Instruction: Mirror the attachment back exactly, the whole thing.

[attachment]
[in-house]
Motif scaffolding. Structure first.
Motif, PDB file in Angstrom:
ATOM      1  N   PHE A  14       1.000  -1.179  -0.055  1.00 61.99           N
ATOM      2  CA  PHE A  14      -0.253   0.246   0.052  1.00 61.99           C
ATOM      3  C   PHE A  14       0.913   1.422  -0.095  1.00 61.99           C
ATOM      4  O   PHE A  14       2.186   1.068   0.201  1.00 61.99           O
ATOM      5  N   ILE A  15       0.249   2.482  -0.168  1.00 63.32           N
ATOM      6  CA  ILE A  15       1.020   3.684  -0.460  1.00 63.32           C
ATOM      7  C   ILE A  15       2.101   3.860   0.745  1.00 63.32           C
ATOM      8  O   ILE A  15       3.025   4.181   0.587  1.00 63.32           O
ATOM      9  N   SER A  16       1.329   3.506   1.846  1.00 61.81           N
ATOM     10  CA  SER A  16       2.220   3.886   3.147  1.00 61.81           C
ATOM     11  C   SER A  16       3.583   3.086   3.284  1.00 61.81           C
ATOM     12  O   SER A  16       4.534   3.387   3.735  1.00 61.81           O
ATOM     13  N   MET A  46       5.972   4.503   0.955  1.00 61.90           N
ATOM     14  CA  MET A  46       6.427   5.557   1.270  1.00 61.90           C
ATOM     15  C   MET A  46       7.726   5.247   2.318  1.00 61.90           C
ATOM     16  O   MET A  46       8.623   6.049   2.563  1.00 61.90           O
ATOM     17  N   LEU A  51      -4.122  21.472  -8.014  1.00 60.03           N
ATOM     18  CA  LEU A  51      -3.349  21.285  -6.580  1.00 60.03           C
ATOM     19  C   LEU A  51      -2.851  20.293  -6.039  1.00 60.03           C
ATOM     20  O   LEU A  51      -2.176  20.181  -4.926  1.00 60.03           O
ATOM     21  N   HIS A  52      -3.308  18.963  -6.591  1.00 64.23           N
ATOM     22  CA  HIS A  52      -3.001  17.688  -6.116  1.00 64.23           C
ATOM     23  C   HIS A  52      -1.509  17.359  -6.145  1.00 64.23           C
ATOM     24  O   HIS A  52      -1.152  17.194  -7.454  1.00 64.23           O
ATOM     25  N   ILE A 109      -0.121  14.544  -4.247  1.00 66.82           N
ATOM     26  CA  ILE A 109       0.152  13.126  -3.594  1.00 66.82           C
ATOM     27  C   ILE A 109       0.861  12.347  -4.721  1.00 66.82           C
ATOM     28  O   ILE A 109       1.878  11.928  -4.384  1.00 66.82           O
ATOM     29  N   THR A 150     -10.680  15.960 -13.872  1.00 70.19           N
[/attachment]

[in-house]
Motif scaffolding. Structure first.
Motif, PDB file in Angstrom:
ATOM      1  N   PHE A  14       1.000  -1.179  -0.055  1.00 61.99           N
ATOM      2  CA  PHE A  14      -0.253   0.246   0.052  1.00 61.99           C
ATOM      3  C   PHE A  14       0.913   1.422  -0.095  1.00 61.99           C
ATOM      4  O   PHE A  14       2.186   1.068   0.201  1.00 61.99           O
ATOM      5  N   ILE A  15       0.249   2.482  -0.168  1.00 63.32           N
ATOM      6  CA  ILE A  15       1.020   3.684  -0.460  1.00 63.32           C
ATOM      7  C   ILE A  15       2.101   3.860   0.745  1.00 63.32           C
ATOM      8  O   ILE A  15       3.025   4.181   0.587  1.00 63.32           O
ATOM      9  N   SER A  16       1.329   3.506   1.846  1.00 61.81           N
ATOM     10  CA  SER A  16       2.220   3.886   3.147  1.00 61.81           C
ATOM     11  C   SER A  16       3.583   3.086   3.284  1.00 61.81           C
ATOM     12  O   SER A  16       4.534   3.387   3.735  1.00 61.81           O
ATOM     13  N   MET A  46       5.972   4.503   0.955  1.00 61.90           N
ATOM     14  CA  MET A  46       6.427   5.557   1.270  1.00 61.90           C
ATOM     15  C   MET A  46       7.726   5.247   2.318  1.00 61.90           C
ATOM     16  O   MET A  46       8.623   6.049   2.563  1.00 61.90           O
ATOM     17  N   LEU A  51      -4.122  21.472  -8.014  1.00 60.03           N
ATOM     18  CA  LEU A  51      -3.349  21.285  -6.580  1.00 60.03           C
ATOM     19  C   LEU A  51      -2.851  20.293  -6.039  1.00 60.03           C
ATOM     20  O   LEU A  51      -2.176  20.181  -4.926  1.00 60.03           O
ATOM     21  N   HIS A  52      -3.308  18.963  -6.591  1.00 64.23           N
ATOM     22  CA  HIS A  52      -3.001  17.688  -6.116  1.00 64.23           C
ATOM     23  C   HIS A  52      -1.509  17.359  -6.145  1.00 64.23           C
ATOM     24  O   HIS A  52      -1.152  17.194  -7.454  1.00 64.23           O
ATOM     25  N   ILE A 109      -0.121  14.544  -4.247  1.00 66.82           N
ATOM     26  CA  ILE A 109       0.152  13.126  -3.594  1.00 66.82           C
ATOM     27  C   ILE A 109       0.861  12.347  -4.721  1.00 66.82           C
ATOM     28  O   ILE A 109       1.878  11.928  -4.384  1.00 66.82           O
ATOM     29  N   THR A 150     -10.680  15.960 -13.872  1.00 70.19           N